A Day in the Life of a Wildcrafter: Hawthorne
My hawthorne berries are growing plump and ruby at the top of this 5000 foot mountain, and I am still in the bottom lowlands, a mere 3000 feet or so in elevation, strapping thick hiking boots to my feet and pulling on canvas gloves in the pre-dawn dew.
The day for harvest has finally come, and Burdock the Bernese mountain dog knows it as much as I do. Last year around the hawthorne harvest time, I caught him sneaking low-hanging fruit from the tree as I was harvesting. I thought, “What an excellent example of zoopharmacognosy!” because firstly, it’s a wonderful word to think aloud to oneself, and secondly, because truly, he as an animal has this vital canine instinct about what’s good for him. With a purebred mountain dog father, he has a genetic predisposition to heart troubles, the very thing that hawthorne addresses so reliably. And did he know this, when poking his long furry snout unperturbed into the brambly thicket and nibbling on the berries? I think so.
We climb steadily up towards the ridge where the hawthornes reign, Burdock with his backpack and me with mine, both of us stopping to drink from one of the seven springs we cross along the way. Both of us in various states of bedragglement the higher we climb, accumulating hundreds of tickseeds and agrimony burrs, he in his tail and me in my mane, both of us avoiding the falling buckeyes and sweating a bit in the cool September climate.
We have been watching the hawthornes all year. The tree of May, they bloom bursts of white delight in the late spring, beneath which fairies are said to dream in the old Gaelic traditions. When they were in full blossom I gently cut away some of the rosy flowers and leaves, which would be made into sweet, flavonoid-rich tincture for needy capillaries and wanting vessels.
Hawthorne is in the rose and apple family, and it’s obvious: the flowers mimic creamy mini ornamental roses while the seeds hold the same toxic Snow-White compound as their fruity cousins: cyanide. In my understanding, it’s about as big of a deal to consume a hawthorne as it is to eat an apple. Strain out or spit out the seeds, and you’re fine.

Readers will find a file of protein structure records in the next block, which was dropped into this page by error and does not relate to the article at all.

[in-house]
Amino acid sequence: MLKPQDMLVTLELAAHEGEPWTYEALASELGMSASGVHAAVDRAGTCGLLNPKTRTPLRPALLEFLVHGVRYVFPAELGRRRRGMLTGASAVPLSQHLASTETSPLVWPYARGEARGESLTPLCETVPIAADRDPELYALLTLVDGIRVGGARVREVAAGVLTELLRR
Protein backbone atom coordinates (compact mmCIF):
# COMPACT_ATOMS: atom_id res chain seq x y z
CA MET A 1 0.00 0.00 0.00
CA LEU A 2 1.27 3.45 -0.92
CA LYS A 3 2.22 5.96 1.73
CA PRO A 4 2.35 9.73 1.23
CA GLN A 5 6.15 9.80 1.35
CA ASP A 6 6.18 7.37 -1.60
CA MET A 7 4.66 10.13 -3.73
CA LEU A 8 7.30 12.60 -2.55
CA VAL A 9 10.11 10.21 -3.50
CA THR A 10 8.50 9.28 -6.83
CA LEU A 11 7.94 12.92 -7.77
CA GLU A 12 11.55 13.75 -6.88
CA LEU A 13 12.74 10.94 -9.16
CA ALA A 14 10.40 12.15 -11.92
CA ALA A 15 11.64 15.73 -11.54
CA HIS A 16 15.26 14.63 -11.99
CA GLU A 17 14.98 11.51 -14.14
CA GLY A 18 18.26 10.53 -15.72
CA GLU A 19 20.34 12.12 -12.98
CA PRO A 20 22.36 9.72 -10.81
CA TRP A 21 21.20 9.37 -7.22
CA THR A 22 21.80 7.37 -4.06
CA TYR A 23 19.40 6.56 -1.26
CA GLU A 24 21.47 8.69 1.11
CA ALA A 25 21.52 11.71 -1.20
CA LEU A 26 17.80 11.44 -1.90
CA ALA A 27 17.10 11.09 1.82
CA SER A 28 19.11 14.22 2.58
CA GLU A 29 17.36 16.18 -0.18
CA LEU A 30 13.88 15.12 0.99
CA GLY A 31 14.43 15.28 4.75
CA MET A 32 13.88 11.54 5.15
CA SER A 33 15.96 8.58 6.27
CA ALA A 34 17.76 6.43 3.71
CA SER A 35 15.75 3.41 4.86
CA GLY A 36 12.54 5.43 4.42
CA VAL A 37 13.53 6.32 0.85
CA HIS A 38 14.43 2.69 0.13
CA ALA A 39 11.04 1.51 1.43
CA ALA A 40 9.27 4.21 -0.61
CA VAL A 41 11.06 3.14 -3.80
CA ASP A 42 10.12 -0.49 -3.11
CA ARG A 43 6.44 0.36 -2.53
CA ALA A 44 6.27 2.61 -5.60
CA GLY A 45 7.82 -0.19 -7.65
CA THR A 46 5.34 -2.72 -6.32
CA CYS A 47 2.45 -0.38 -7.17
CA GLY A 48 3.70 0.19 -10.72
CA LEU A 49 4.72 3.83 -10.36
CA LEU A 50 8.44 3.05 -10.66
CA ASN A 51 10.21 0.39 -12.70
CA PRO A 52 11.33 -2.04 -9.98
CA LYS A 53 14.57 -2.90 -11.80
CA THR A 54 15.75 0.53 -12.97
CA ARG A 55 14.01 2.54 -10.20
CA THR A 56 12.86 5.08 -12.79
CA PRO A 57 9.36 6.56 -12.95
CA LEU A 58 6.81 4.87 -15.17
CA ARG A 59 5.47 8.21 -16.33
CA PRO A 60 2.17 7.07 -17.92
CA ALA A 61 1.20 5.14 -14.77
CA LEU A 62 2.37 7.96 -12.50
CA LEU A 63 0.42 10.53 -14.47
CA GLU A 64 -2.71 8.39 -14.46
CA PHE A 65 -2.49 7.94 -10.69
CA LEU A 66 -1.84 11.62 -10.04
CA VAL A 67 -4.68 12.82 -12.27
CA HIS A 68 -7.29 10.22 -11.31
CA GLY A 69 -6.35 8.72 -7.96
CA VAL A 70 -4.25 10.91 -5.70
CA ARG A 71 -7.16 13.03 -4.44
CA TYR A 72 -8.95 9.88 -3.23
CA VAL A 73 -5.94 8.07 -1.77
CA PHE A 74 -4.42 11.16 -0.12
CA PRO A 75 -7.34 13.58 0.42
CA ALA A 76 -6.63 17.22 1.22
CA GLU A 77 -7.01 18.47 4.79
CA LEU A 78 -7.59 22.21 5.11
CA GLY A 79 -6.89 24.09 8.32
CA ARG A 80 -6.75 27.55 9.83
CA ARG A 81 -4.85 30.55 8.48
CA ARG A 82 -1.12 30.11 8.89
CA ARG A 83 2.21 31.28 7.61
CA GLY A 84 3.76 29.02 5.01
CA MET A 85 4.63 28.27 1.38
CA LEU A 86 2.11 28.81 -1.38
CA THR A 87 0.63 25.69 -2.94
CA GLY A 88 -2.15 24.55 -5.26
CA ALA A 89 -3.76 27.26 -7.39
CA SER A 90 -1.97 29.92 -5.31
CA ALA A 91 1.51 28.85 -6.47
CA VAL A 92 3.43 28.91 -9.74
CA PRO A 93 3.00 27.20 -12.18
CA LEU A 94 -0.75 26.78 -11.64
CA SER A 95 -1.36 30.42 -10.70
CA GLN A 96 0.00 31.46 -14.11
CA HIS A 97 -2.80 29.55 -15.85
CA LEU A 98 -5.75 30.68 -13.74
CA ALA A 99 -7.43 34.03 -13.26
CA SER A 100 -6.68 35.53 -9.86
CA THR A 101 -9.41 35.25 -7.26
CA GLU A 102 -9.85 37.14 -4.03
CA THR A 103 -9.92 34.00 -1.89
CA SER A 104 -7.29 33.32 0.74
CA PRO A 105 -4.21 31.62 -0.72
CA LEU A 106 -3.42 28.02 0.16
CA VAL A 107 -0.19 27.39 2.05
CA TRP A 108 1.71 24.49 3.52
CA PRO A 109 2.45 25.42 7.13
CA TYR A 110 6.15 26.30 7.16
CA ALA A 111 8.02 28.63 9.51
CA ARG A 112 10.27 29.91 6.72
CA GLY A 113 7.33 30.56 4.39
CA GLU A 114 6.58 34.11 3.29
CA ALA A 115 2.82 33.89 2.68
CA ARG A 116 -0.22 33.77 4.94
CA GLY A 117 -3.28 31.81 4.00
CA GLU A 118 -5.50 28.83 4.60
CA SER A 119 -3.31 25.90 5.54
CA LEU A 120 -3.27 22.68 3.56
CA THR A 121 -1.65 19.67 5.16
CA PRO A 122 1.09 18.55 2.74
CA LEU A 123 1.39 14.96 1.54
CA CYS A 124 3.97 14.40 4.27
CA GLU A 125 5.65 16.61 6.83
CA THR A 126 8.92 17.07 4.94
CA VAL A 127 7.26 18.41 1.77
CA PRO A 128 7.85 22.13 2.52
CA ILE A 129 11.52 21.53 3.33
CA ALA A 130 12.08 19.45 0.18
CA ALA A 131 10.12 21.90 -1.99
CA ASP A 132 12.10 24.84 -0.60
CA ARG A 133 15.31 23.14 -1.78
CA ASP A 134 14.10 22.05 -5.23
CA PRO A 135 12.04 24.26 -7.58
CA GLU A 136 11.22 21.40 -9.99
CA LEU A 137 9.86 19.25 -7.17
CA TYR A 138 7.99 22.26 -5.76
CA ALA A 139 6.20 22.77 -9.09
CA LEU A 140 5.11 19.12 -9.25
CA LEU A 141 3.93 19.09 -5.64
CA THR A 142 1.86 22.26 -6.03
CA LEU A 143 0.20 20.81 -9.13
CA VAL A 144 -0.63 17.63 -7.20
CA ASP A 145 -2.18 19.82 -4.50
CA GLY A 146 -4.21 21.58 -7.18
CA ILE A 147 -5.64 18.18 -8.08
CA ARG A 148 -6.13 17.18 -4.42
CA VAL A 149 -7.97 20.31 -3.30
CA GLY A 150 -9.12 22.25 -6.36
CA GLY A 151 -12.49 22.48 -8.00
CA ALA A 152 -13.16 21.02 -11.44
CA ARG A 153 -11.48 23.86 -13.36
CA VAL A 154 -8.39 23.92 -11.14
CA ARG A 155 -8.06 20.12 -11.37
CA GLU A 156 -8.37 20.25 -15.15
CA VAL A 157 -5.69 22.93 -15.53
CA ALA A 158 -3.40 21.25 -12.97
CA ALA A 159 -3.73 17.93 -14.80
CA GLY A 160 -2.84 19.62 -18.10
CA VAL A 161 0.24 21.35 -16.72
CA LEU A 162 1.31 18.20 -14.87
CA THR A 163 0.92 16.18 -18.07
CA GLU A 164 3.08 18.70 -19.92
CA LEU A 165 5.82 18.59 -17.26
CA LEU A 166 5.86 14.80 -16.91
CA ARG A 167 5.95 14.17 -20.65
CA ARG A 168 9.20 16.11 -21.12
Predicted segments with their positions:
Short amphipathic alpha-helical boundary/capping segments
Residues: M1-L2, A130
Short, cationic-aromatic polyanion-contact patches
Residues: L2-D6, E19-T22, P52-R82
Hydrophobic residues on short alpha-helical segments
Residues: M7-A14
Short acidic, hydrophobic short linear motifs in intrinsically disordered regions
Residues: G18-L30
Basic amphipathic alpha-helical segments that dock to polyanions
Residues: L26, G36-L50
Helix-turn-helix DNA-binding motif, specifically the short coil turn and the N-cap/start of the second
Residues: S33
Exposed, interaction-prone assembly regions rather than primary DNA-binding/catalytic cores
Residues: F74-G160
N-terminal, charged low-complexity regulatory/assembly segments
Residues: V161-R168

Their quality is sweet, tonic, and red, astringent and life-filled, bioavailable to the cardiovascular system and generous in antioxidants. Certain compounds from hawthorne are used to create some pharmaceutical heart medications and have been touted for their reliability and lack of herb-drug contraindications. They are considered an adaptogen for the heart, with that mystical phyto-ability to adjust and calibrate blood pressure as needed, and to aid the cardiac area of the body to do its best job pumping, distributing, and nourishing the blood.
The berries are early this year, and so I must be, too. Hawthorne does not wait around for insignificant wildcrafters to come and take their pick, and neither do the black bears that roam this acreage, and neither do the dark-eyed juncos fluttering to nab the topmost berries that gleam scarlet in the light. Hawthorne does not mind if I have orders to fill and eager berry buyers 3000 feet below its roots and a city and a world away.
Hawthorne lives here, actually lives here, has been born and watered and winded and pollinated and grown up and old and gnarly and reproduced one million berry children here. And hawthorne will continue to live here so long as the mountain keeps kind to it, and the harvesters pluck only what their baskets can carry, and never more.
We pick for hours in that close, high-elevation September sun, so much nearer than than normal, and the basket begins to fold and creak beneath its slowly growing weight. Or, I pick, and Burdock sturdily guards us from bears, or, more likely, sinister chipmunks and dragonflies. The thorns guarding the haws are nothing less than formidable and no match for tender human hands, some of them growing more than two inches in length, jagged reminders that this is the wild of blood-red berries, not merely pricked fingers from a fairytale.
We tumble down the mountain, sliding through rocky creeks and dodging leafy banks, 10 pounds heavier at least, laden but far from burdened. The bears can return to their sweet feast in privacy, now, and I can return to the ear-popping lowlands from whence I came.
But not before a deluge of black Jerseys decides to take interest in our cause. Burdock and I descend upon a pleasantly mooing field of Madison County cows, who turned quickly into an aggressively stomping and MOOING field of Madison County cows as we trundled through their territory. They seemed to be showing far too much interest in my wildcrafted goods than I deemed appropriate for cows, dodging towards either me or the oddly cow-colored dog and then leering backwards with a noise like a tortured primate.
I wonder at this point if cows have some obscure fondness for hawthorne berries that perhaps I wasn’t aware of, and begin to hold my precious bag of loot a bit further away from my side, just in case I needed to toss it to my bovine predators and run like the wind. Surely none of these were bulls, were they? The grab-the-bull-by-the-horns expression came to mind and I was conveniently reminded that none of these cows indeed had horns, so surely they wouldn’t be in hot pursuit of a redhead with a red bag full to the brim with bright red…no! Surely not!
Nevertheless, we weren’t going to risk it. We dart around the herd, running and scattering a few berries in our wake, Hansel and Gretel breadcrumbs style, under barbed wire fences and over fallen hemlocks and safely clattering three miles down the mountain.
The day for harvest is over for another year. We will keep watching the hawthornes through the winter, we will go and visit them again when their branches are bare and they look dead and grey, and we will approach them in the spring again, asking once more what heart fruits they will hold for us come autumn.